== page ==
Table of Contents Author Guidelines Submit a Manuscript
Journal of Nanomaterials
Volume 2015 (2015), Article ID 613565, 5 pages
Research Article

Multiferroic Properties of Nanopowder-Synthesized Ferroelectric-Ferromagnetic 0.6BaTiO3-0.4NiFe2O4 Ceramic

1Chuyang Honors College, Zhejiang Normal University, Jinhua 321004, China
2College of Geography and Environmental Sciences, Zhejiang Normal University, Jinhua 321004, China
3Department of Material Physics, Zhejiang Normal University, Jinhua 321004, China
4Department of Physics, Shanghai University of Electric Power, Shanghai 200090, China
5School of Materials Science and Technology, China University of Geosciences, Beijing 100083, China

Received 6 March 2015; Accepted 27 April 2015

Academic Editor: Donglu Shi

Copyright © 2015 Xinye Xu et al. This is an open access article distributed under the Creative Commons Attribution License, which permits unrestricted use, distribution, and reproduction in any medium, provided the original work is properly cited.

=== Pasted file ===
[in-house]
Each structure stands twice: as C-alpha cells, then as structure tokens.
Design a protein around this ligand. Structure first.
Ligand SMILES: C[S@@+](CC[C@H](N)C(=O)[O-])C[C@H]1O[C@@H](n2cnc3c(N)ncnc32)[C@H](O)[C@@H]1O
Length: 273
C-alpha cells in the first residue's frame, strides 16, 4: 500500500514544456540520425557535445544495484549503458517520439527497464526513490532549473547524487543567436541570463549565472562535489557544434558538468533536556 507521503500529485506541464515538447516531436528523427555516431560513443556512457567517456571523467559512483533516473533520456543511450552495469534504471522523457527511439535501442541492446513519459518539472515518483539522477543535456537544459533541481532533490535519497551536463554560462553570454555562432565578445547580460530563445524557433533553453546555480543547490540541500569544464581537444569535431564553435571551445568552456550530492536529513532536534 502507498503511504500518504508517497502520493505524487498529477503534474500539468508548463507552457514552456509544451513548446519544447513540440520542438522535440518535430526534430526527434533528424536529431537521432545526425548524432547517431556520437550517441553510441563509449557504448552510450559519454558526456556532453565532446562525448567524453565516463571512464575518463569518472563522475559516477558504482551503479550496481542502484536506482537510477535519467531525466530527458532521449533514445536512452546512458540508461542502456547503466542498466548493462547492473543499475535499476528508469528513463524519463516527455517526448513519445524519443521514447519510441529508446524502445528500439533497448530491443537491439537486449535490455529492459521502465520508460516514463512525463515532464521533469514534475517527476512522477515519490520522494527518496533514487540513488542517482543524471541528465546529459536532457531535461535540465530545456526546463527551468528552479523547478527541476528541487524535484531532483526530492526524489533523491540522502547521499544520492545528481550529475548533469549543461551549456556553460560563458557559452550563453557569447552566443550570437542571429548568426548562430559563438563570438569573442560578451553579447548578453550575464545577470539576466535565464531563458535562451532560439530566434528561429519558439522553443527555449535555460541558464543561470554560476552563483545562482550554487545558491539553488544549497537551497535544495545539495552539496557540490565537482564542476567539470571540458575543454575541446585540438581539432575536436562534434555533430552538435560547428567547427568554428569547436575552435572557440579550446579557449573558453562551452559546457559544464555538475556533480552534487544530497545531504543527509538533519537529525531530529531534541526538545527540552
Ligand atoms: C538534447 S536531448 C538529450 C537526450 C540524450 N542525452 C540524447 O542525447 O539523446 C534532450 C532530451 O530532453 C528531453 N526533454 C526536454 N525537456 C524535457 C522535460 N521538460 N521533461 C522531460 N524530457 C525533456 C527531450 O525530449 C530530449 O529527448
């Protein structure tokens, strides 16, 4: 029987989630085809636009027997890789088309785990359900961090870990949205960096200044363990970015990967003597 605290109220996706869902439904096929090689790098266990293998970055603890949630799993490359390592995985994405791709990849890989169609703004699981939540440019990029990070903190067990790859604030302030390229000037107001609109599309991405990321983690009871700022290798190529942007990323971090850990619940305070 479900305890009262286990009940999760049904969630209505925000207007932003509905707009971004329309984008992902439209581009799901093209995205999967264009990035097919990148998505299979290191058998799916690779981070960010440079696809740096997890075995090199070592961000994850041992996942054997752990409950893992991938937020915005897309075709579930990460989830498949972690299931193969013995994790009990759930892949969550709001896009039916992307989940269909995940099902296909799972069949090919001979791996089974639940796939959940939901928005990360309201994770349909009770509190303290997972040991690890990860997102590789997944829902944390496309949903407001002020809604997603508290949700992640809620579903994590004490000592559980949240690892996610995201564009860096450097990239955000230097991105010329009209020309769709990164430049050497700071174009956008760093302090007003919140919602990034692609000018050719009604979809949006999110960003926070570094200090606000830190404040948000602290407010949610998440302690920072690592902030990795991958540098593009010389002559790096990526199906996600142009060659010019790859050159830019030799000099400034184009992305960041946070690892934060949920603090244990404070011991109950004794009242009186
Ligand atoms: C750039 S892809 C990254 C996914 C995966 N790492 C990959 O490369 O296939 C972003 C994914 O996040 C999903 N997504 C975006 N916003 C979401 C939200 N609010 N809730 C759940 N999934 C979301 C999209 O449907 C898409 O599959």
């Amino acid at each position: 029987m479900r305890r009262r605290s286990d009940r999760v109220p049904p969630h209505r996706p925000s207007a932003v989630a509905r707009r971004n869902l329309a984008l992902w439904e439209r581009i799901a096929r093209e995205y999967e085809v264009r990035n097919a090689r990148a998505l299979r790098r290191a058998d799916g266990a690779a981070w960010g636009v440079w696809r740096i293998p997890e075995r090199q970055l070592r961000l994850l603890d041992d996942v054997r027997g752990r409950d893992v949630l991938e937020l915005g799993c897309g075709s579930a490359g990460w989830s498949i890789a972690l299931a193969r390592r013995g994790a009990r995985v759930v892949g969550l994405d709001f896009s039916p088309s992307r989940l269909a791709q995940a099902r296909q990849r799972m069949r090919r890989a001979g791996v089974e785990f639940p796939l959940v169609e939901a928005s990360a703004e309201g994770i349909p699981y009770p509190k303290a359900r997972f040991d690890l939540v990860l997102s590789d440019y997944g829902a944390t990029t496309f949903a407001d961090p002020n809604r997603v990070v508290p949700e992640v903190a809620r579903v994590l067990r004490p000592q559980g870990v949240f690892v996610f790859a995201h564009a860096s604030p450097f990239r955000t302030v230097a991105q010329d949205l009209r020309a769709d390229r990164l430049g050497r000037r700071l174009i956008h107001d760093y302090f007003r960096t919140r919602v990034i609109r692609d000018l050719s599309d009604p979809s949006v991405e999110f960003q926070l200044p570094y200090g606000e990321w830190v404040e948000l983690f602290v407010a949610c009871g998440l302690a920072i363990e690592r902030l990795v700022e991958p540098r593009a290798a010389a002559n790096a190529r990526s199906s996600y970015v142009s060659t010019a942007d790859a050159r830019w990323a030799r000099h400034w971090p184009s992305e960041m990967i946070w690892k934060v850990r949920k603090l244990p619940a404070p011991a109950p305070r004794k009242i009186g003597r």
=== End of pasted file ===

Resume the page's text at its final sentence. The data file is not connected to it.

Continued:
Multiferroic 0.6BaTiO3-0.4NiFe2O4 dense nanoceramic composites were synthesized via a powder-in-sol precursor hybrid chemical synthesis route and a ceramic sintering process. At the measured frequency range (1 kHz~1 MHz), the relative dielectric constant is 150~1670 and the dielectric loss is 0.05~0.70. The composite ceramic showed obvious coexistence of ferroelectric and ferromagnetic phases. With the increase of temperature, the saturation ferromagnetic magnetization decreases, while the ferroelectric polarization increases.

1. Introduction